I was born May 24, 1888 at the family home 756 E. 2 South being the eleventh child of Isaac and Sarah Jane Gailey Sears. Here my life was ever happy and pleasant. The only real sorrow that came to me as a child being the death of my sister Etta, whom we all loved so very much. I was eleven when she died and after these thirty five years I ‘remember her as though I had seen her only yesterday. She had often taken me to her home during her happy married life which was cut short after only eight months of happiness. I have never seen. a happier person in my life than she was all her life which no doubt accounts for the memories I have of her. Seeing her laid away so beautiful with her baby girl. on her arm seemed almost more than we could bear.
As I remember my early life, it seems that I received more enjoyment through my visits to the homes of my married sisters, playing with their children as there was only one at home younger than I. My visits in the home of my sister Drucilla (Howard) have always stood out as the happy days of childhood, for she was always going to a lot of trouble putting up lunches that we would take out among the trees to eat often taking long walks where she taught me many of the mysteries of life that my mother was very shy about talking about. I well remember while visiting her in Sandy that she and I rode as far as Union, a distance of about five miles expecting to stop and pick black currants there, while the boy (John’s brother) drove on to Salt Lake. He was to pick us up on the return trip. As the afternoon came Drucilla became sick. Getting a ,ride home with a neighbor I was left to meet the boy and bring home the berries. I’ll never forget how frightened I was on that lonely road so far away from any one I knew. and as it began to get dark how I crawled back in the bushes and prayed to God to protect me and bring the boy along soon to take me home again. Oh the peace and joy that came in answer to my prayer for I wasn’t afraid any more. How thankful I am to my parents that they taught me to pray. I wasn’t long until I was safe in Drucilla’s home again where shortly a darling baby was born to her. How happy I was to be there with her.
What little education I have, I received in the Bryant School and the U. of U. Training School, my father and mother were always very kind and-considerate. of their children’s welfare and did all they could to help us get all we could out-of the opportunities then available. They often made sacrifices I know, so that I might have car fare and lunch money. I don’t remember being refused anything I asked for. When I wanted a new dress or shoes mother would say “Go down and see your father about it.” Father had a seed and grain store on 1st South. I would go down there and wait until he wasn’t busy then tell him what I came for. I know I would remember if I was refused for my husband tells me even now that when I want anything I want it, and usually have a way of getting it. So I guess that fault has remained with me,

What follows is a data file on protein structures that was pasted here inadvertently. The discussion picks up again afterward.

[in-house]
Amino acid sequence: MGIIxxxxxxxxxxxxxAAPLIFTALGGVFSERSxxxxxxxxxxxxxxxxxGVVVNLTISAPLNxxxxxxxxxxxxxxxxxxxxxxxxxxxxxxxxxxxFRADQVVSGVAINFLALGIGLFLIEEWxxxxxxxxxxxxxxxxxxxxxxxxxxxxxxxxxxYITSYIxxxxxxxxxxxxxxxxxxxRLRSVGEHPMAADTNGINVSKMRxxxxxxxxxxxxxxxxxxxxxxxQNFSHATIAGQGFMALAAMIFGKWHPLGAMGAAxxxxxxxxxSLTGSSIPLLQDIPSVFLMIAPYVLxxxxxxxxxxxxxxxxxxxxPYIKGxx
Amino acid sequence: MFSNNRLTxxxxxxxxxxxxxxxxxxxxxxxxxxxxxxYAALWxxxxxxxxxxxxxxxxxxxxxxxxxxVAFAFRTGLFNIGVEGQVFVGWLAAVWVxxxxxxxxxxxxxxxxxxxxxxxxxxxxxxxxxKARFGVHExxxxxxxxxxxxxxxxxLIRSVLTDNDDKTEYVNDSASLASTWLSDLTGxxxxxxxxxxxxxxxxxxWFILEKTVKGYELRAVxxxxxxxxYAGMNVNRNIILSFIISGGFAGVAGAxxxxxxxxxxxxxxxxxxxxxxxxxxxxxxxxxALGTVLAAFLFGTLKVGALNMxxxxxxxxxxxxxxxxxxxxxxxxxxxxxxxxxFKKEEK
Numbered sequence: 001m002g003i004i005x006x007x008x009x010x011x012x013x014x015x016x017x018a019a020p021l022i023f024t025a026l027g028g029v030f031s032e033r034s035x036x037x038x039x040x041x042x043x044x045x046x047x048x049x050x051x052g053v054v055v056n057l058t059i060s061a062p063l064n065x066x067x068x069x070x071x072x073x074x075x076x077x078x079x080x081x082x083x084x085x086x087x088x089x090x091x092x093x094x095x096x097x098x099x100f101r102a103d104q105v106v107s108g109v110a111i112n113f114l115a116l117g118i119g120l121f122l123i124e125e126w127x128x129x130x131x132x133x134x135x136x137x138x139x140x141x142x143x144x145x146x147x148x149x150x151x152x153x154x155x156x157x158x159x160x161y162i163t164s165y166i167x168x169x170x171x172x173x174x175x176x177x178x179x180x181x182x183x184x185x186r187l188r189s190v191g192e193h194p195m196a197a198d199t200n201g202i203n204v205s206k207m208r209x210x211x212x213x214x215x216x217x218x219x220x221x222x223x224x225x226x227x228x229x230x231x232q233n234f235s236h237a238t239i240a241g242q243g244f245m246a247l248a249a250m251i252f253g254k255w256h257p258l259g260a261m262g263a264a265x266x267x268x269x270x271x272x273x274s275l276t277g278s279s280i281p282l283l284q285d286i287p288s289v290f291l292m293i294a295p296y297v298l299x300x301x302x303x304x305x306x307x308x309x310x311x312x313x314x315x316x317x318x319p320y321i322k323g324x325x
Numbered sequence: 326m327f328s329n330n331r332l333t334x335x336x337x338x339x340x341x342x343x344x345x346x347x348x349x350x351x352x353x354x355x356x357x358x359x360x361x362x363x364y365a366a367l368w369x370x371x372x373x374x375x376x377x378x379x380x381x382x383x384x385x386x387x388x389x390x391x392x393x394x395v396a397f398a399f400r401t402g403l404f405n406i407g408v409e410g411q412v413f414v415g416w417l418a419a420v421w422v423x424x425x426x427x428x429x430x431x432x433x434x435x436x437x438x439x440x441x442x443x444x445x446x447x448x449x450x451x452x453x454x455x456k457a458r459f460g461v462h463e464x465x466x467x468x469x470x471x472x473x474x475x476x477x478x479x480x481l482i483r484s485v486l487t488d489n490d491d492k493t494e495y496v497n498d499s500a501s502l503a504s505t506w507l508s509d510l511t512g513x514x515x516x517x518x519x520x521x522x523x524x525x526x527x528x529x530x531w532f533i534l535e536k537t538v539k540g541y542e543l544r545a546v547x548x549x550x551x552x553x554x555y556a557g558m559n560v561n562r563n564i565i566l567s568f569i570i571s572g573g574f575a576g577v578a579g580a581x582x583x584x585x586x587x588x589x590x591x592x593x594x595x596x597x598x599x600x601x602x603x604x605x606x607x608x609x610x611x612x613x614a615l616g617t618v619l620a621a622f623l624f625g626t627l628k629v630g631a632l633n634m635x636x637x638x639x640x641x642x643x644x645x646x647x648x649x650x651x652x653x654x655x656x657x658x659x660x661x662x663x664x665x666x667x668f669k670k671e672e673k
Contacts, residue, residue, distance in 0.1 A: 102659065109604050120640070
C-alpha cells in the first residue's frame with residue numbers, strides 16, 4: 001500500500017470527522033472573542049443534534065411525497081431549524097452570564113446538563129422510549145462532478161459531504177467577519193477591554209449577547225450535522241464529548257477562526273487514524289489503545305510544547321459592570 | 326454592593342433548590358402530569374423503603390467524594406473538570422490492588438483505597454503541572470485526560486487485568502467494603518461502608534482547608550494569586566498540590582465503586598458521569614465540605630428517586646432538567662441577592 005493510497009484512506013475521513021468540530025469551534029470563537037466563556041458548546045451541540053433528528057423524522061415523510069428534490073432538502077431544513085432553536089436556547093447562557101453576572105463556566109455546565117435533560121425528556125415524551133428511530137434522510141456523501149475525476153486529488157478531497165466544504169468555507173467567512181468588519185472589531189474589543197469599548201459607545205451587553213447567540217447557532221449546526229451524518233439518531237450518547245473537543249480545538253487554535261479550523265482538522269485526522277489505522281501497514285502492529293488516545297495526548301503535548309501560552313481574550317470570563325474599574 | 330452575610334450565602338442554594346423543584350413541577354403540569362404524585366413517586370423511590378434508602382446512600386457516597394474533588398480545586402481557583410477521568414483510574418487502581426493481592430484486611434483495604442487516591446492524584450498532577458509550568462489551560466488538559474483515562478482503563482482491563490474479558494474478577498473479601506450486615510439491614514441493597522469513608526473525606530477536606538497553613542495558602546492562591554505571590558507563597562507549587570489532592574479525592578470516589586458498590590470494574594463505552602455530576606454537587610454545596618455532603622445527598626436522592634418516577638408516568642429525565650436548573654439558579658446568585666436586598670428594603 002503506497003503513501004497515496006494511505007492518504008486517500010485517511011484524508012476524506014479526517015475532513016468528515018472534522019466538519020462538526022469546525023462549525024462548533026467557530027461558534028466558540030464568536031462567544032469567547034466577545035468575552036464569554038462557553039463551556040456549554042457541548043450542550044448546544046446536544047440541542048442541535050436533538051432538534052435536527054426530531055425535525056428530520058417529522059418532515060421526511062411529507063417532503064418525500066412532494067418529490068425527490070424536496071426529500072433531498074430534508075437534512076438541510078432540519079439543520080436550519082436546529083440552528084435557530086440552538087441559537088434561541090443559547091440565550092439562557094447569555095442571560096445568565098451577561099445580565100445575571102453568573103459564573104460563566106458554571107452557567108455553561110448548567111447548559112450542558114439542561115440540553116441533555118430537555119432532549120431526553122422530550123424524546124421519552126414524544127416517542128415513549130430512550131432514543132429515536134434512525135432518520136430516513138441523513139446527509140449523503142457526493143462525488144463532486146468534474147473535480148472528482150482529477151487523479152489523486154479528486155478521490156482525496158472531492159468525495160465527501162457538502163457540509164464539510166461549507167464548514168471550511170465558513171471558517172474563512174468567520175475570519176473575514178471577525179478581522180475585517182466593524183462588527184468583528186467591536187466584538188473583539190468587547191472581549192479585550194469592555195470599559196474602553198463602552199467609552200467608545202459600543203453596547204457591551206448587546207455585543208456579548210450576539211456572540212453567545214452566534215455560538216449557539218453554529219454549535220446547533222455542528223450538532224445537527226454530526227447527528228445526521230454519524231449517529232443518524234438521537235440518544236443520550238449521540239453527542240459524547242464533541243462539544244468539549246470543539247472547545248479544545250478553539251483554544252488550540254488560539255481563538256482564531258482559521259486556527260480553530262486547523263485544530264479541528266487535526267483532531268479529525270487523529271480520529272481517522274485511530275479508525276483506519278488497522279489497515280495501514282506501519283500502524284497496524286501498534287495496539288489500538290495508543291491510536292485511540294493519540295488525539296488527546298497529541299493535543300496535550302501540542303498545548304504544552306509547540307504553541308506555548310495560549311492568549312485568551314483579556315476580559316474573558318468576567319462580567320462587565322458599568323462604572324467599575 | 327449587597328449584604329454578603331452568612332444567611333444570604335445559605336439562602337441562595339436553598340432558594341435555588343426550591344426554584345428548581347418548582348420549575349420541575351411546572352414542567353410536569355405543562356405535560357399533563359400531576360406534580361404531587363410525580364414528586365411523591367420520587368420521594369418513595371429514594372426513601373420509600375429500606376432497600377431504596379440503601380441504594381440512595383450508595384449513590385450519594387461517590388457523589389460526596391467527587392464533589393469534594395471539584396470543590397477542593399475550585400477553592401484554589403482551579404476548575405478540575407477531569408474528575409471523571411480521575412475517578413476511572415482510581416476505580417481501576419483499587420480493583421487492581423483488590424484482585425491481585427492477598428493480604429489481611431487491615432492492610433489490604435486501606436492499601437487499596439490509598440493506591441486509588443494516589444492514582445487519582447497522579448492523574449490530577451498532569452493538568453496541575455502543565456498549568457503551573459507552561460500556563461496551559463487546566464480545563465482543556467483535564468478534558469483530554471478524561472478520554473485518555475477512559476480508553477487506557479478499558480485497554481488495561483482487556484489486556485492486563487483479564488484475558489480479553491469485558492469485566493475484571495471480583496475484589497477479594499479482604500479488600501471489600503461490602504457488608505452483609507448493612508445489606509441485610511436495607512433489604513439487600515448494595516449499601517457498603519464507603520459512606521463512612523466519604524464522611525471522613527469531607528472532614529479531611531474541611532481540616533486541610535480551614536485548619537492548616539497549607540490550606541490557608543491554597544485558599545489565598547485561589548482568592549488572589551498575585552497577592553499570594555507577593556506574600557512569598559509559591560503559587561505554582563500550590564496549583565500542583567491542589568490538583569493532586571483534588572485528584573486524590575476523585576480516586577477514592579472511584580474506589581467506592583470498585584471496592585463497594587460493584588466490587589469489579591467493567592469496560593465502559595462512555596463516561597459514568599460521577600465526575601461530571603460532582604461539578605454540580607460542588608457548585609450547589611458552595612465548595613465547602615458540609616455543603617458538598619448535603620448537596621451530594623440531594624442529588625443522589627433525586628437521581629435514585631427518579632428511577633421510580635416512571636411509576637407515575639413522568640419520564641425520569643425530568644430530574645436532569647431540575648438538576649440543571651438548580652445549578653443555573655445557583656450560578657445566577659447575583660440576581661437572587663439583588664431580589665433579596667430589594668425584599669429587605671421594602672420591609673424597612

When seventeen I went to work as a telephone operator where I made very dear friends, among them being the Dean girls, Edith, Bessie, Florence Robinson, and Ella Crowton. It was while working here that I met my sweetheart who became my husband when I was nineteen. It was customary in those days for the young people of the ward to gather at the home of one of their members after Sunday evening church. It was in December 1906 that a new young man was in the choir with Ferd Hintze and we girls were all viewing each other as to who would capture him for the evening. He had a ring on his finger and we all decided it must be a gift from his girl friend, but anyway he was invited to spend the evening at the Cushing home where he and I kind-a paired off and from then on went together and were married Oct. 31 1907. His name was Henry Herriman Hintze.
We lived in three rooms of father’s, home for four years. Here our two boys Harold and Eugene were born and we were indeed proud, happy parents. Henry was working on the street car as conductor. When Eugene was four months old we moved to Tremonton on Dr. Stauffers place where we remained for just one year. It was here that we became life friends with Bert and Geneva Garfield, he and Henry working in the Sunday School together and later being called as counselors to the presiding Elder. From Tremonton we moved back to Holladay after spending six months in the Moapa Valley with Grandpa Hintze who had been called there by the church to rehabilitate the saints who had been driven out of Mexico. Here I must make mention of a dear friend Patience Lee with whom we became-closely associated.